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Journal of Biomolecules and Biochemistry

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Anupreet Kaur,* and Swati Pathak
Basic and Applied Sciences, Punjabi University, India, Email: [email protected]
*Correspondence: Anupreet Kaur,, Basic and Applied Sciences, Punjabi University, India, Email: [email protected]

Received: 16-Mar-2022, Manuscript No. PULJBB-22-4638; Editor assigned: 18-Mar-2022, Pre QC No. PULJBB-22-4638 (PQ); Accepted Date: Apr 04, 2022; Reviewed: 04-Apr-2022 QC No. PULJBB-22-4638 (Q); Revised: 11-Apr-2022, Manuscript No. PULJBB-22-4638 (R); Published: 13-Apr-2022, DOI: 10.37532/puljbb.22.6(2).15-17

Citation: Kaur A. Utilization of analytical chemistry in crime investigation. J Biomol Biochem. 2022; 6(2):10-12.

This open-access article is distributed under the terms of the Creative Commons Attribution Non-Commercial License (CC BY-NC) (http://creativecommons.org/licenses/by-nc/4.0/), which permits reuse, distribution and reproduction of the article, provided that the original work is properly cited and the reuse is restricted to noncommercial purposes. For commercial reuse, contact [email protected]


Due to advancement in the molecular science development, the utilization of analytical chemistry is becoming important in crime investigation. Involvement of evidence characterization in the forensic investigations is important for reconstruction of events chronology that is further associated with the commission of crime. By knowing chronology of crime events the probability of resolving the legal matter increases that further associated with accurate findings. For the detection as well as discrimination of evidence, various analytical tools and methods are being employed. Basically forensic science deals with the application of analytical chemistry in the discovery of evidence thereby we can say that utilization of analytical tools and techniques are quite relevant to investigate crime to successful extent or to resolve crime related disputes. This chapter clearly focuses on the utilization of analytical chemistry in the investigation of crime.


Microscopy; Spectroscopy; Chromatography; Gravimetric analysis


In day to day life analytical measurements plays important role such as in the determination of product composition and its quality control. Such measurements also play crucial role in monitoring and protecting environment. Thereby we can say that analytical chemistry is not only confined to only chemistry area but also interlinked with other sciences such as biochemistry, pharmaceutical science, forensic and environmental science. Forensic chemistry utilizes analytical techniques to examine physical traces like fibers, body fluids, drugs and bones. Success can be achieved in analytical chemistry by performing rigorous measurements, by the utilization of problem solving approach and by employing modern instrumentation practices as well as principles [1]. For the evaluation of evidence there are various kinds of analytical techniques and their examples are given below:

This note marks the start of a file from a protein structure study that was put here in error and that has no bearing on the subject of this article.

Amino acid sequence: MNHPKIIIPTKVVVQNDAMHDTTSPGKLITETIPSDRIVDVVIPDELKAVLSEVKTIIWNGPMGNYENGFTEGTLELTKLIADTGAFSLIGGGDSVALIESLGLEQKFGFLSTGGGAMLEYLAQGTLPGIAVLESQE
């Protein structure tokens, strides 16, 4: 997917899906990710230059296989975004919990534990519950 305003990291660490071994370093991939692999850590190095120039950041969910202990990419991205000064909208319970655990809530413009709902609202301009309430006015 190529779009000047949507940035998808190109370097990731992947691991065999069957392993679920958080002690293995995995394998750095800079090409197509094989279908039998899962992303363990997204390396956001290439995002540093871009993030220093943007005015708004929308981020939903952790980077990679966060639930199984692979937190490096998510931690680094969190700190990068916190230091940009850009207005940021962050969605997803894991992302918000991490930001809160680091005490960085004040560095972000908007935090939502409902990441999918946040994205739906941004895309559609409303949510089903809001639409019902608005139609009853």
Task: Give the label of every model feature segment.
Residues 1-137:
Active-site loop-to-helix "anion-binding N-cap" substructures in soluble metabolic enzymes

The first category of general type of technique is microscopic analysis and examples of such analysis are Atomic force microscopy, polarized light microscopy, atomic force microscopy and scanning electron microscopy.

The second category of technique comes under elemental analysis and the examples are x-ray fluorescence spectroscopy, neutron activation analysis, atomic absorption spectroscopy and particle induced x-ray spectroscopy [2,3].

The third category is mass spectrometry and examples of such technique are ion mobility spectrometry, isotope ratio mass spectroscopy, secondary ion mass spectroscopy and matrix assisted laser desorption spectrometry.

The fourth category is molecular spectroscopy and under this category fluorescence spectroscopy, Raman spectroscopy, uv-visible spectroscopy and x-ray diffraction.

The fifth category comes under separation techniques and examples are capillary electrophoresis, ion chromatography, liquid chromatography, paper chromatography, gas chromatography and thin layer chromatography [4].